Hidden Figures is an inspirational documentary about how 3 African-American women tenaciously broke down racial and gender barriers while working as mathematicians in NASA’s Langley based West computing group in the 1960’s.
Famous historical figures like Martin Luther King and President Abraham Lincoln have had plenty of media and Hollywood coverage for their roles in fighting against discrimination, however it is important to also tell the stories of people in less powerful roles who also managed to break through “Jim Crow” segregation barriers and made life fairer for future generations.
Although slavery ended in the United States of America with the ratification of the 13th Amendment to the US Constitution in 1865, progress towards truly equal and not separate treatment of all Americans has been slow in the over 150 years that have passed since.
Hidden Figures is set against this background of racial discrimination, as well as barriers towards women in the workplace such as being excluded from important meetings or being barred from applying for senior roles like engineers that they were just as qualified as men to do.
The three main protagonists of this film give us a glimpse into the lives of Katherine Johnson (Taraji P. Henson), Dorothy Vaughn (Octavia Spencer) and Mary Jackson (Janelle Monae) who worked as NASA human computers and were critical to the success of astronaut John Glenn’s Friendship 7 mission in 1962.
As a side note you will notice during the movie that our 3 main characters are referred to as computers. Before electronic computers became prominent, computers were not machines but really smart people who excelled at maths, logic and science.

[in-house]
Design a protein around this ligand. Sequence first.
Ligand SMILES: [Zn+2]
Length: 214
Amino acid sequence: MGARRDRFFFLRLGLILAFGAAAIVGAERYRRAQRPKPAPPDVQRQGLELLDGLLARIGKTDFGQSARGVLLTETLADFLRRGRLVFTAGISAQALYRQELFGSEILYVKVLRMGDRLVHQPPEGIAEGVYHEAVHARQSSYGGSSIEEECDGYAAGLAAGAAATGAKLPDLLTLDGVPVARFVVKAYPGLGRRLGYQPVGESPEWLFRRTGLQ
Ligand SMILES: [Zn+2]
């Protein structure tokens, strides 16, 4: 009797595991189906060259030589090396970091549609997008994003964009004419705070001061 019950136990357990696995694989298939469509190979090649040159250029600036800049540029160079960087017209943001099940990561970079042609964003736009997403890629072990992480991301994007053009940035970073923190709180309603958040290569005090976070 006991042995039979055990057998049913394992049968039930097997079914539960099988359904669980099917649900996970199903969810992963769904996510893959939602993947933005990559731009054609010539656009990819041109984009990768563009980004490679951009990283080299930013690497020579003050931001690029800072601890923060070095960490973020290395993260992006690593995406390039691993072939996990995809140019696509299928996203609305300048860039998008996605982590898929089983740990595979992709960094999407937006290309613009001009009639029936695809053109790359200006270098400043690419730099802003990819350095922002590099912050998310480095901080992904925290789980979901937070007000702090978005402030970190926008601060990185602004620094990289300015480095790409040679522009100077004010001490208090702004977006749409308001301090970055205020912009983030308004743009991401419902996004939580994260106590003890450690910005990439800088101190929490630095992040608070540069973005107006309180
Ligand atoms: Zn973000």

Computer rooms were full of people sitting at desks with calculators, piles of paper, pens and pencils, not humming stacks of machines cabled together.
Hidden Figures opens in Australia on February 5, 2017. I watched a preview screening at Hoyts Entertainment Quarter, Moore Park, Sydney.
A few days prior, Hidden Figures had been awarded Outstanding Performance by a Cast a Motion Picture at the Screen Actors Guild Awards (equivalent of a best film Academy Award).
Although the Declaration of Independence stated that “All men are created equal,” due to the institution of slavery, this statement was not to be grounded in law in the United States until after the Civil War (and, arguably, not completely fulfilled for many years thereafter). In 1865, the Thirteenth Amendment was ratified and finally put an end to slavery. Moreover, the Fourteenth Amendment (1868) strengthened the legal rights of newly freed slaves by stating, among other things, that no state shall deprive anyone of either “due process of law” or of the “equal protection of the law.” Finally, the Fifteenth Amendment (1870) further strengthened the legal rights of newly freed slaves by prohibiting states from denying anyone the right to vote due to race.
Despite these Amendments, African Americans were often treated differently than whites in many parts of the country, especially in the South. In fact, many state legislatures enacted laws that led to the legally mandated segregation of the races. In other words, the laws of many states decreed that blacks and whites could not use the same public facilities, ride the same buses, attend the same schools, etc. These laws came to be known as Jim Crow laws.
– United States Courts – History – Brown v. Board of Education